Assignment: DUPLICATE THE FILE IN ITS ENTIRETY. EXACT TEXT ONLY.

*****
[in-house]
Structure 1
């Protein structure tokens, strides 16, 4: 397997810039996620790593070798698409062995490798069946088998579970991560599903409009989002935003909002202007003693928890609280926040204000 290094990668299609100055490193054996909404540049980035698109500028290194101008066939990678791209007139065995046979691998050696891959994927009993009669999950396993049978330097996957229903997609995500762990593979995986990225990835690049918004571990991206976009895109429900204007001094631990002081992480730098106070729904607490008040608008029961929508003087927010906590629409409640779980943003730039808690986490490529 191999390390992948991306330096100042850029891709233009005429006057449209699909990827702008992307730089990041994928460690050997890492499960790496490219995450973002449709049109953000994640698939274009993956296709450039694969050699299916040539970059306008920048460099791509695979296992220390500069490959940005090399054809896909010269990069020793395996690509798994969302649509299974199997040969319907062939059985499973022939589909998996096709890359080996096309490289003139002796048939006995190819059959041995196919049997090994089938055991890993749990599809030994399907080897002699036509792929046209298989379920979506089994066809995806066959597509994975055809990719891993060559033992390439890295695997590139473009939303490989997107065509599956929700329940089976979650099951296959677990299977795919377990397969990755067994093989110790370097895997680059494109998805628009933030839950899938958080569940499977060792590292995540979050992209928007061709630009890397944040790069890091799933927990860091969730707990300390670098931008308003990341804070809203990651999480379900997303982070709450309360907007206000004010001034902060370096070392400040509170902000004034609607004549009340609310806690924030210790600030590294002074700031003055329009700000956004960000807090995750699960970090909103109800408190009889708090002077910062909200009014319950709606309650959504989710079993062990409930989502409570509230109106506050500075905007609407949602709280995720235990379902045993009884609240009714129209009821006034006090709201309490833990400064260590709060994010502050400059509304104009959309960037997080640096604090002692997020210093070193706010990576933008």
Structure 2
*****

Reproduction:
[in-house]
Structure 1
């Protein structure tokens, strides 16, 4: 397997810039996620790593070798698409062995490798069946088998579970991560599903409009989002935003909002202007003693928890609280926040204000 290094990668299609100055490193054996909404540049980035698109500028290194101008066939990678791209007139065995046979691998050696891959994927009993009669999950396993049978330097996957229903997609995500762990593979995986990225990835690049918004571990991206976009895109429900204007001094631990002081992480730098106070729904607490008040608008029961929508003087927010906590629409409640779980943003730039808690986490490529 191999390390992948991306330096100042850029891709233009005429006057449209699909990827702008992307730089990041994928460690050997890492499960790496490219995450973002449709049109953000994640698939274009993956296709450039694969050699299916040539970059306008920048460099791509695979296992220390500069490959940005090399054809896909010269990069020793395996690509798994969302649509299974199997040969319907062939059985499973022939589909998996096709890359080996096309490289003139002796048939006995190819059959041995196919049997090994089938055991890993749990599809030994399907080897002699036509792929046209298989379920979506089994066809995806066959597509994975055809990719891993060559033992390439890295695997590139473009939303490989997107065509599956929700329940089976979650099951296959677990299977795919377990397969990755067994093989110790370097895997680059494109998805628009933030839950899938958080569940499977060792590292995540979050992209928007061709630009890397944040790069890091799933927990860091969730707990300390670098931008308003990341804070809203990651999480379900997303982070709450309360907007206000004010001034902060370096070392400040509170902000004034609607004549009340609310806690924030210790600030590294002074700031003055329009700000956004960000807090995750699960970090909103109800408190009889708090002077910062909200009014319950709606309650959504989710079993062990409930989502409570509230109106506050500075905007609407949602709280995720235990379902045993009884609240009714129209009821006034006090709201309490833990400064260590709060994010502050400059509304104009959309960037997080640096604090002692997020210093070193706010990576933008």
Structure 2